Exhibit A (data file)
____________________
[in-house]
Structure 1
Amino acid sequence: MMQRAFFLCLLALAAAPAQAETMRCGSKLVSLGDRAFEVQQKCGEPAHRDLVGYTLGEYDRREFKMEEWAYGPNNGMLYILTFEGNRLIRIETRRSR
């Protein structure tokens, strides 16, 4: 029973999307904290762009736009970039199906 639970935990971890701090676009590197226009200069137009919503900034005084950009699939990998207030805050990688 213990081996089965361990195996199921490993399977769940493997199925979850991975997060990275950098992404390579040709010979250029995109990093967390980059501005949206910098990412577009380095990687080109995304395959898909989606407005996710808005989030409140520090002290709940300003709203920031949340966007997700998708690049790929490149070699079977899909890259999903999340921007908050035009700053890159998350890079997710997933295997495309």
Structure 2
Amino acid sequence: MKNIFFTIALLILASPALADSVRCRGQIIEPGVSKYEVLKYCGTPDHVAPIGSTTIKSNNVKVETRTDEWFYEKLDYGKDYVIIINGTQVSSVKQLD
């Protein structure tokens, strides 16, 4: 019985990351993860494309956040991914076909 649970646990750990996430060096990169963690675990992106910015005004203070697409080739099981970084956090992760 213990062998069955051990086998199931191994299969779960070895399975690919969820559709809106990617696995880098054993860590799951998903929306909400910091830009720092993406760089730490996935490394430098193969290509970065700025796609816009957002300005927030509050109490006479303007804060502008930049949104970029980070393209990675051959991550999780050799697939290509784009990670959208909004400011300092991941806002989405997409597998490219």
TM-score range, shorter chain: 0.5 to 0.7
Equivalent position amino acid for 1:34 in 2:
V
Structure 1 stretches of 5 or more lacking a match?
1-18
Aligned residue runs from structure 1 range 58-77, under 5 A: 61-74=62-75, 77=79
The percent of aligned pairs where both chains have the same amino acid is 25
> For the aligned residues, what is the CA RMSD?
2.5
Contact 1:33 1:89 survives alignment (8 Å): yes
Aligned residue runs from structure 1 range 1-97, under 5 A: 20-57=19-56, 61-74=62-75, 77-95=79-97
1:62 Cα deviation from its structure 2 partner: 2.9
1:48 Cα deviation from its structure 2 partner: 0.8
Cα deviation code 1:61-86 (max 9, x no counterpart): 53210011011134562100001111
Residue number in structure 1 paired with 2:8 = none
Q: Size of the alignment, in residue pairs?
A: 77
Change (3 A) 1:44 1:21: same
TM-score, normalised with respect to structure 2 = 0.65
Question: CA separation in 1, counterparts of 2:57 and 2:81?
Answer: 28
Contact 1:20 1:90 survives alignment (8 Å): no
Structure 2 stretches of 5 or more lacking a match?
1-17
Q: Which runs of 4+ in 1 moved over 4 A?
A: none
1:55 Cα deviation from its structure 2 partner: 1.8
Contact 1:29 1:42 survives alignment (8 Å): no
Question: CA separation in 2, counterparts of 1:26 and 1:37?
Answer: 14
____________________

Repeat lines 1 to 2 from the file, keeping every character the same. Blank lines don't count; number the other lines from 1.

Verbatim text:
[in-house]
Structure 1